Coast Surveyors assumed important combat roles during the Civil War, serving as topographers, reconnaissance specialists, scouts, intelligence officers, and combat hydrographers.

For a contemporary record of combat mapping during the Civil War, see the war record of Frederick Dorr and John Donn.

Browse biographical vignettes of Coast Surveyors, listed below.
Rockwell, Cleveland

Middle Initial:


Branch: Army

Theater: Eastern, Western

Related: NC, SC, TN, GA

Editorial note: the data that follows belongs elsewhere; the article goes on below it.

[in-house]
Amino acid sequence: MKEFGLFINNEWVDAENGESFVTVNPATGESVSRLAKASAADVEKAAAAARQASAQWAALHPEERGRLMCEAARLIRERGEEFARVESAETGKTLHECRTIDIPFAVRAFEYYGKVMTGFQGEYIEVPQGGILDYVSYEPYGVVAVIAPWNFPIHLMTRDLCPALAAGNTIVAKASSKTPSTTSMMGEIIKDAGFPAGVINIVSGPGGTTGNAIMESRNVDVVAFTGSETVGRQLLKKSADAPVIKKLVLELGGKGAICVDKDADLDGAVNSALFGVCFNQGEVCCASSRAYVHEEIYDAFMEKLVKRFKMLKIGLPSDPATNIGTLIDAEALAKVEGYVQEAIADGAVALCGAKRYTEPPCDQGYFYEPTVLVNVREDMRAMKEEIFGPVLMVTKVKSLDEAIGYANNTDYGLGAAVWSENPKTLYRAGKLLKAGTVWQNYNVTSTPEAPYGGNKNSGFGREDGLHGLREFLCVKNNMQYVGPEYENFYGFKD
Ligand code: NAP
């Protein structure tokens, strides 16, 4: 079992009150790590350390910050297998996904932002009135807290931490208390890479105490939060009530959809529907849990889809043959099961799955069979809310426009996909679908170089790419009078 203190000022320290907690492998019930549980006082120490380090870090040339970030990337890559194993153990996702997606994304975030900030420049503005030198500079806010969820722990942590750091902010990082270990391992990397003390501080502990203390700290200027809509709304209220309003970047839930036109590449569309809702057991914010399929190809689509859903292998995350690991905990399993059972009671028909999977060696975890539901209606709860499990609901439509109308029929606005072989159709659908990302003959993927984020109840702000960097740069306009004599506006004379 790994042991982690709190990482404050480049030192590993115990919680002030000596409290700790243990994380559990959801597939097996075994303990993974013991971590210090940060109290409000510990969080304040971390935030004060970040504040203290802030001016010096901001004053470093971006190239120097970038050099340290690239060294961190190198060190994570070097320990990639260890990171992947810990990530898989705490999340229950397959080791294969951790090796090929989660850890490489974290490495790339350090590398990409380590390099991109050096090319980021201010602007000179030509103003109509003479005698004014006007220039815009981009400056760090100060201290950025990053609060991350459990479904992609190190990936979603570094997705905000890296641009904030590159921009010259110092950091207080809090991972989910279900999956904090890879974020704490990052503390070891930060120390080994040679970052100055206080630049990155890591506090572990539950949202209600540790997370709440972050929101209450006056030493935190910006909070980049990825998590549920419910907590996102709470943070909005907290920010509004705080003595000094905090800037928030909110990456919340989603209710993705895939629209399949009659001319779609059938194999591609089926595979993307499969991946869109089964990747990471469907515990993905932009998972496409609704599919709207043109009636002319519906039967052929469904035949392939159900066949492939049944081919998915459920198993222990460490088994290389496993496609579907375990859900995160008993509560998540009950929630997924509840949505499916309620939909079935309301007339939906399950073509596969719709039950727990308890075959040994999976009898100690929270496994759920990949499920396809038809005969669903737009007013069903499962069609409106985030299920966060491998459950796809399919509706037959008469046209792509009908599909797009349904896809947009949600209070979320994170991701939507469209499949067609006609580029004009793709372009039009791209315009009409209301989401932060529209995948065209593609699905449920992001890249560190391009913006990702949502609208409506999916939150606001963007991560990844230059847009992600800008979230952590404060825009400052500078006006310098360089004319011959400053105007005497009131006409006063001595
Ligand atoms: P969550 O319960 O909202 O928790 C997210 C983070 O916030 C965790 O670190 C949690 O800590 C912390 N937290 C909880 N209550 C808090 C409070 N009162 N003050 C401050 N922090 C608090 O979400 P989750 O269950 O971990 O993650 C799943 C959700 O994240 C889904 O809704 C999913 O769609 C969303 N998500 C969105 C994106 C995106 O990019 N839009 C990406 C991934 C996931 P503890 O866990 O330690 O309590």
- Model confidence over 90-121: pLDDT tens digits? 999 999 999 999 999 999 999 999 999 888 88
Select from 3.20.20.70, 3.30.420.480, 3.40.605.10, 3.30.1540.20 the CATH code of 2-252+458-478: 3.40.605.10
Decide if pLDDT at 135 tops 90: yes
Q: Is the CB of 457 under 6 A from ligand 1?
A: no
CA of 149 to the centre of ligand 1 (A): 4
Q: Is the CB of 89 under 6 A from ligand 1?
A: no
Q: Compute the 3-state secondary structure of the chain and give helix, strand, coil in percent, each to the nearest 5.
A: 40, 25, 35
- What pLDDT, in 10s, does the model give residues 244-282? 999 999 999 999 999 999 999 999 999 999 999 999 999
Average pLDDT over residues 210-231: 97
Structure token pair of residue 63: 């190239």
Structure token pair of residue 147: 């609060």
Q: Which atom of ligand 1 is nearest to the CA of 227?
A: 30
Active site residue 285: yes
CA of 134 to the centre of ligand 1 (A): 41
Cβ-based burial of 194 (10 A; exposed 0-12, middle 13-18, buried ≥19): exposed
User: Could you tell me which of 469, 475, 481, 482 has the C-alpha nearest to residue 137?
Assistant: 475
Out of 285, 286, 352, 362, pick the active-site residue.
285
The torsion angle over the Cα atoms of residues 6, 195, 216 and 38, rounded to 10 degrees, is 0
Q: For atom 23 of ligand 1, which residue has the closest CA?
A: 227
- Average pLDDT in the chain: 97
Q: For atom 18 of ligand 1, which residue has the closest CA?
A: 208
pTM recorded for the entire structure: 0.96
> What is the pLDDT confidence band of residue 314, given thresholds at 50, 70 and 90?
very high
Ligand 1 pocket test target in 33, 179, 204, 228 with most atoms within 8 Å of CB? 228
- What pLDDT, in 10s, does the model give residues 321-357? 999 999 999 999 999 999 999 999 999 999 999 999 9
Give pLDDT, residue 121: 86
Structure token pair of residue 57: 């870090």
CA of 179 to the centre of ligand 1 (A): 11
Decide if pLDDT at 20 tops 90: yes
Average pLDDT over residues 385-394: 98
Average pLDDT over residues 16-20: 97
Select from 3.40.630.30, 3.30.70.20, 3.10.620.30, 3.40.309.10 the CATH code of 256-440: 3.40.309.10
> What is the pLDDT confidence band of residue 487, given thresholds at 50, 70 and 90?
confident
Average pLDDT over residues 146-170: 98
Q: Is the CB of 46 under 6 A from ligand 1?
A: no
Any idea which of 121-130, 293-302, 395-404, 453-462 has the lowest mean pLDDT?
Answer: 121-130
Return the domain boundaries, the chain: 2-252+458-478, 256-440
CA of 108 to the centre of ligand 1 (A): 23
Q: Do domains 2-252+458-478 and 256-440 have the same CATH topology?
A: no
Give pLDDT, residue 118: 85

Bio: Cleveland Rockwell (1837-1907) was a cartographer and artist from Cleveland, Ohio. He worked for the U.S. Coast Survey from the 1850s to 1880s. During the war, he served as a cartographer for the Union Army. Afterward, he did a brief mapping tour of South America for the government, and then settled in Portland, Oregon. He became chief of the northwest section of the U.S. Coast and Geodetic Survey and conducted surveys in California, Oregon, British Columbia, and Alaska. Rockwell became a full-time painter in his retirement, but based many of his landscapes on sketches he made while on survey expeditions.


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